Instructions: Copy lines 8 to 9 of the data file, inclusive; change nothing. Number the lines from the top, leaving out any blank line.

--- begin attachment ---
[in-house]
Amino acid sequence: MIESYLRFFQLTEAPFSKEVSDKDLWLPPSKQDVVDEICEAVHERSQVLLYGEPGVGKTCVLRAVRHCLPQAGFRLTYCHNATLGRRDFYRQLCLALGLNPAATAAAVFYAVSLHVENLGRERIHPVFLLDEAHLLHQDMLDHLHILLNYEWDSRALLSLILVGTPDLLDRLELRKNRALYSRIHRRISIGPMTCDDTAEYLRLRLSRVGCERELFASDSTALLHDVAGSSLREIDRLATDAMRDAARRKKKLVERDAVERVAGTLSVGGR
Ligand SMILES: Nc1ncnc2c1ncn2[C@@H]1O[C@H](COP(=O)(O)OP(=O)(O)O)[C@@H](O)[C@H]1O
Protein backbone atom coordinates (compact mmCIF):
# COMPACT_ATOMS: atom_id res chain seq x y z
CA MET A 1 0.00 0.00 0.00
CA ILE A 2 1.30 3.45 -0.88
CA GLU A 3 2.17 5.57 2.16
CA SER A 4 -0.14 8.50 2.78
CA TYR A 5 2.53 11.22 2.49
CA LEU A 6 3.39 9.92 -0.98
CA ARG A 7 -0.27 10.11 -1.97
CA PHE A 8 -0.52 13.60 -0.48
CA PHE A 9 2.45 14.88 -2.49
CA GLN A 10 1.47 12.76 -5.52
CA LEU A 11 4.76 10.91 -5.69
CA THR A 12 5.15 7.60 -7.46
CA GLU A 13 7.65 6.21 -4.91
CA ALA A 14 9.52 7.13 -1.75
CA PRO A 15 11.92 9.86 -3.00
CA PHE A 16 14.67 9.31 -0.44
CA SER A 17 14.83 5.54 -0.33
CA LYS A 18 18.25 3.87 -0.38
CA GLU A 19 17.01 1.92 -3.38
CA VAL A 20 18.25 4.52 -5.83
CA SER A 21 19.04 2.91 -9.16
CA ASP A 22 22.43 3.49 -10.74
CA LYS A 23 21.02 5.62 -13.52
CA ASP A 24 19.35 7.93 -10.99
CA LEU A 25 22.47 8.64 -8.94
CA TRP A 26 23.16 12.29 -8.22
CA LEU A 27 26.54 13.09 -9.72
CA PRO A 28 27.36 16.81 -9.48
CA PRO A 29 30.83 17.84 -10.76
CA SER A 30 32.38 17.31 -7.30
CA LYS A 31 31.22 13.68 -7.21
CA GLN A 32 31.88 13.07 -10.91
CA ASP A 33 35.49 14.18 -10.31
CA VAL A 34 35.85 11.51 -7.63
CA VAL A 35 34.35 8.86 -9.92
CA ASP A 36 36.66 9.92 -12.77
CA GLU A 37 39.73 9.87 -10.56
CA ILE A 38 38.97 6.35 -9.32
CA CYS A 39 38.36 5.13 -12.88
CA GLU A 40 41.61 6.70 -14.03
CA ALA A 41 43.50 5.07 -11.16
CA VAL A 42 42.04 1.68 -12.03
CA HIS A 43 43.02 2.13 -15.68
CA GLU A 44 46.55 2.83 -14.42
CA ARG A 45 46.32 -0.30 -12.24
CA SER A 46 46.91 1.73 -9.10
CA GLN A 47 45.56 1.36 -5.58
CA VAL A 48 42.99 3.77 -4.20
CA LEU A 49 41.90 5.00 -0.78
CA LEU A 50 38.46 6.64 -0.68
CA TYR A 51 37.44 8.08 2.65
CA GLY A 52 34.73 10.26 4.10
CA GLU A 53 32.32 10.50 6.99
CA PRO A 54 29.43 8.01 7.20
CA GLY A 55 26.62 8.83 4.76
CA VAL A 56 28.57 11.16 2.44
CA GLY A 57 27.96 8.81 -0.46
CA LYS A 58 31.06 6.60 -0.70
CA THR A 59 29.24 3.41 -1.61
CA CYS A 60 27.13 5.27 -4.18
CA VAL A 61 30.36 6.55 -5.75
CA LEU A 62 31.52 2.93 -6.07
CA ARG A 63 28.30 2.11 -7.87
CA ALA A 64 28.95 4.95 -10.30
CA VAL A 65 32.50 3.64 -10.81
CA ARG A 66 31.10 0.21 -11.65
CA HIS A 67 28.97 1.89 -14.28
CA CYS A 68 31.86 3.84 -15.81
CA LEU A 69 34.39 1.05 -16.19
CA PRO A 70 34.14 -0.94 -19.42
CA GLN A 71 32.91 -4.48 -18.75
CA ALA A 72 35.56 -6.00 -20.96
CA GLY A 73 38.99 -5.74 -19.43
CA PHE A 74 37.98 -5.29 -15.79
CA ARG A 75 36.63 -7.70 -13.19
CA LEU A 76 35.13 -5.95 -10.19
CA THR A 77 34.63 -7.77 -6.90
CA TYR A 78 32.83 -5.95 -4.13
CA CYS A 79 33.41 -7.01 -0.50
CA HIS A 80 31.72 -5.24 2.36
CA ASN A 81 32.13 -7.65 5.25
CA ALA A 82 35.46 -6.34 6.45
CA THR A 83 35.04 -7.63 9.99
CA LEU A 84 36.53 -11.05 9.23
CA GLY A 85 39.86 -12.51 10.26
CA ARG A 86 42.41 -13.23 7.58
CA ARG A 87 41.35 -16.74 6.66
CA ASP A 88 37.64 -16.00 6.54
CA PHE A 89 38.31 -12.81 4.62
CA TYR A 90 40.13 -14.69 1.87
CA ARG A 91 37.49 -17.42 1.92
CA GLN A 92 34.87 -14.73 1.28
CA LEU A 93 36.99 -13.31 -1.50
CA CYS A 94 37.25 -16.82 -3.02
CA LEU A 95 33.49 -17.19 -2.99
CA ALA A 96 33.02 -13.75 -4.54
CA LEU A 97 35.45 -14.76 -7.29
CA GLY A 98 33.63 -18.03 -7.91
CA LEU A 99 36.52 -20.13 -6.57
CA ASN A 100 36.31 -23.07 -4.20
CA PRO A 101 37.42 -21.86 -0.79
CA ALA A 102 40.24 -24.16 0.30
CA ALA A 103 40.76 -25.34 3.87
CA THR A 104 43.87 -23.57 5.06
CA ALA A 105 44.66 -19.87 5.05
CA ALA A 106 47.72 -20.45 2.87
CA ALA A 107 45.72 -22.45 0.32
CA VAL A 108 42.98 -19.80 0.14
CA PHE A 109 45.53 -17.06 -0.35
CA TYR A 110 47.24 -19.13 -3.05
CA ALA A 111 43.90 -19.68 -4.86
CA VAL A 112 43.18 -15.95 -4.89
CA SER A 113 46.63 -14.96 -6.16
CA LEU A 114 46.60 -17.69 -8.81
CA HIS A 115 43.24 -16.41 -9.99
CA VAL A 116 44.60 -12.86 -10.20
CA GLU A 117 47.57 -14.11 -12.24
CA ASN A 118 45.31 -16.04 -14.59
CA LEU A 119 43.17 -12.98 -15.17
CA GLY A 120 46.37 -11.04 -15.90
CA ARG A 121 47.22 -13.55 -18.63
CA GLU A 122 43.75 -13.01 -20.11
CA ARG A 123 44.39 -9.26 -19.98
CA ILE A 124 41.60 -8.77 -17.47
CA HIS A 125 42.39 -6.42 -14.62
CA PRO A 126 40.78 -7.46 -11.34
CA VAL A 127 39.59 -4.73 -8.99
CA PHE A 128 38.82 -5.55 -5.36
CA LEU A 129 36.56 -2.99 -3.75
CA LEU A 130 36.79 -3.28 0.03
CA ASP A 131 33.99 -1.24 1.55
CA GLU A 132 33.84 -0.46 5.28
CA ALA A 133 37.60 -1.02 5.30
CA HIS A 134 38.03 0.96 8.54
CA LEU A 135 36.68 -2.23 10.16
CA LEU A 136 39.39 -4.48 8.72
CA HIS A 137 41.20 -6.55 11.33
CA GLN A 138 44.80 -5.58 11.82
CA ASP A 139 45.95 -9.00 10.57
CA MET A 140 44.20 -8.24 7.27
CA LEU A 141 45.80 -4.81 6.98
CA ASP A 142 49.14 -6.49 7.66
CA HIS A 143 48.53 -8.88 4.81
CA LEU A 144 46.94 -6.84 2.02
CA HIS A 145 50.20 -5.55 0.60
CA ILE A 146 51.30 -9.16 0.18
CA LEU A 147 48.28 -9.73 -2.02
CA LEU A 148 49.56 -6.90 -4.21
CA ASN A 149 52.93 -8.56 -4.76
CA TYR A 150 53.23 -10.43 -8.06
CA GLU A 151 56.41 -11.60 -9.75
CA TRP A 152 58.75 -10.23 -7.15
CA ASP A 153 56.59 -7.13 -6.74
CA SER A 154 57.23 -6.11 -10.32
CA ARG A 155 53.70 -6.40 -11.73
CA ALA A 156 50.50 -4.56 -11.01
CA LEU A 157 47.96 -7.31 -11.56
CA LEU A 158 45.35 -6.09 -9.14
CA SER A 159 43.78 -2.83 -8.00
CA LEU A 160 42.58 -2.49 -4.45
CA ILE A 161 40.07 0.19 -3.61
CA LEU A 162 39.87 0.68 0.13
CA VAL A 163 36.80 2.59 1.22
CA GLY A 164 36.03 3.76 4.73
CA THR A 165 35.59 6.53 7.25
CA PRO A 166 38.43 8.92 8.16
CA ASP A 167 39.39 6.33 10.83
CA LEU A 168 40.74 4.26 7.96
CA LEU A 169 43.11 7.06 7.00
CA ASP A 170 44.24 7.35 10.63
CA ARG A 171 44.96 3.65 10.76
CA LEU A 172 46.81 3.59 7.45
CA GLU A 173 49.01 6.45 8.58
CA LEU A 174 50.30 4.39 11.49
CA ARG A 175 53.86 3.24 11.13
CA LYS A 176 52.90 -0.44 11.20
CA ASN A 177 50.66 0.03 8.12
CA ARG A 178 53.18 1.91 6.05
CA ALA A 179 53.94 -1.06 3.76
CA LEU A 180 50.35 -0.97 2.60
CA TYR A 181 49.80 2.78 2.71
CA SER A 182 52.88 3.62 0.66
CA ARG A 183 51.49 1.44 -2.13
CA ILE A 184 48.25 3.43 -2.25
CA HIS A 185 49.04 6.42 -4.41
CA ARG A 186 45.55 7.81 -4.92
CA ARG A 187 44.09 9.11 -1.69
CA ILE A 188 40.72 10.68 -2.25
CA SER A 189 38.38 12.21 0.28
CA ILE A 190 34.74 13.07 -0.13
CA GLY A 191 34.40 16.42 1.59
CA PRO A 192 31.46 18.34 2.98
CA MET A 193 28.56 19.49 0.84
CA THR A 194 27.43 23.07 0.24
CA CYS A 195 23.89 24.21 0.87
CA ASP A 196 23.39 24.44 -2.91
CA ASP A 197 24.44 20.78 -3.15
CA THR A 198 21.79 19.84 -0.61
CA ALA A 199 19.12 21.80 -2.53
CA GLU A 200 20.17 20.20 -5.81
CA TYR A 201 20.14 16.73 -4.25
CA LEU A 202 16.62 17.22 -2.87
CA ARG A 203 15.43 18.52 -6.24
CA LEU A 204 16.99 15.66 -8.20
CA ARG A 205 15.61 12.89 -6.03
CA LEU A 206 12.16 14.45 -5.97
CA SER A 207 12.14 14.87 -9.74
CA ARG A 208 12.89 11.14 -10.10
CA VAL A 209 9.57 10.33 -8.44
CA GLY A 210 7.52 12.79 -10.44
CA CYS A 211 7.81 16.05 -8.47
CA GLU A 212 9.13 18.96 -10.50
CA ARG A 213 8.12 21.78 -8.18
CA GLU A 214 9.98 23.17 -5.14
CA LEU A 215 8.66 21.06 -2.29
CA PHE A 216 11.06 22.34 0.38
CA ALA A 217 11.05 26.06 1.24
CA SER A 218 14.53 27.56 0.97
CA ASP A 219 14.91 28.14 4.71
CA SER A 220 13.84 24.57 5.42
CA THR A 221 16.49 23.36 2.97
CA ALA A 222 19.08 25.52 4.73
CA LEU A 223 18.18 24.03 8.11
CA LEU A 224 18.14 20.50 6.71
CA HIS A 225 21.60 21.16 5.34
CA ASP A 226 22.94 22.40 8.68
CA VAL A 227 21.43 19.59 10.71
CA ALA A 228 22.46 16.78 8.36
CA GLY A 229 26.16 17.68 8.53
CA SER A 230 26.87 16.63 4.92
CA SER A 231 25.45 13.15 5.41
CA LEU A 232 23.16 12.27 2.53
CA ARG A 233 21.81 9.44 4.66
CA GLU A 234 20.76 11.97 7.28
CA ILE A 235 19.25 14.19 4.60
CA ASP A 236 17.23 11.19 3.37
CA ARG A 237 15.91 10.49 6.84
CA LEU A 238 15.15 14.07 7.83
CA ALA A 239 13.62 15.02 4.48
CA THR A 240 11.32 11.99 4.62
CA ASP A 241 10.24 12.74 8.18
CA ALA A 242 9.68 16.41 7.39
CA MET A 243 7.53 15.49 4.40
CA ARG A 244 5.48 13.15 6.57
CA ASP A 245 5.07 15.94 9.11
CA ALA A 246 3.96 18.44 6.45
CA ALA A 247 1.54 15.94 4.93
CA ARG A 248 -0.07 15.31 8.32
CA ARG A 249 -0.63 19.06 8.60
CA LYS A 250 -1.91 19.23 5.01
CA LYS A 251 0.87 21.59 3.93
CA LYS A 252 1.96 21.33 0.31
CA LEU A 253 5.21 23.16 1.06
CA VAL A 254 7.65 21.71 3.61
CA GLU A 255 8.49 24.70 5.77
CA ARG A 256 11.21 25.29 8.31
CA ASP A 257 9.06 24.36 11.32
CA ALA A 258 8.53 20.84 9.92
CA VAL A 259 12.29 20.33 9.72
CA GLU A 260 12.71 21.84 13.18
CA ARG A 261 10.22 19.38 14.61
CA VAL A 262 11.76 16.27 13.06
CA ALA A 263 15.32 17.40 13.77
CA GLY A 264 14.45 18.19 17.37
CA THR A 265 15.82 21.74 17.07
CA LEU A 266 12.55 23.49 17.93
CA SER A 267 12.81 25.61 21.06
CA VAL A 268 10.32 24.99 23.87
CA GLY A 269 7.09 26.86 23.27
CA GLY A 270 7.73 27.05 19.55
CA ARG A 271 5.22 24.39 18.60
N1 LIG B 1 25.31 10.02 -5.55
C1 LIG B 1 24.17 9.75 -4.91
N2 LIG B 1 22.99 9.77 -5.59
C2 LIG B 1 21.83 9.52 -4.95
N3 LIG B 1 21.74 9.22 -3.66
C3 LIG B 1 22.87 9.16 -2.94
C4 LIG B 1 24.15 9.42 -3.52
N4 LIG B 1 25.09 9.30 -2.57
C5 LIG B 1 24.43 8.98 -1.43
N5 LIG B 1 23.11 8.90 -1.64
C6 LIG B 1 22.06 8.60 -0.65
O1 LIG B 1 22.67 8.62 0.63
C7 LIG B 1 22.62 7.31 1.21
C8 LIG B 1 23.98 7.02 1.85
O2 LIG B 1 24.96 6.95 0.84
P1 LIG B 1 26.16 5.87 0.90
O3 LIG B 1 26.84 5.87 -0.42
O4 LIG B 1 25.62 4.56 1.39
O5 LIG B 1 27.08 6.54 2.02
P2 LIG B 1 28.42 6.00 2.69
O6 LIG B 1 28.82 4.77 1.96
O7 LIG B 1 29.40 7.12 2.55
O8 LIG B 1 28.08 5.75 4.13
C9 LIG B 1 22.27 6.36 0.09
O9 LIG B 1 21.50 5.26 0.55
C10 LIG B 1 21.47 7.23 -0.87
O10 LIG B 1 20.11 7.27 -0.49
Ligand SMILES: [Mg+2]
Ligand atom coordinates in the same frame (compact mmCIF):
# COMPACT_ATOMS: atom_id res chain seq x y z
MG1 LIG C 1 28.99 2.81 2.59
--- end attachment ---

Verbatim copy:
CA GLU A 3 2.17 5.57 2.16
CA SER A 4 -0.14 8.50 2.78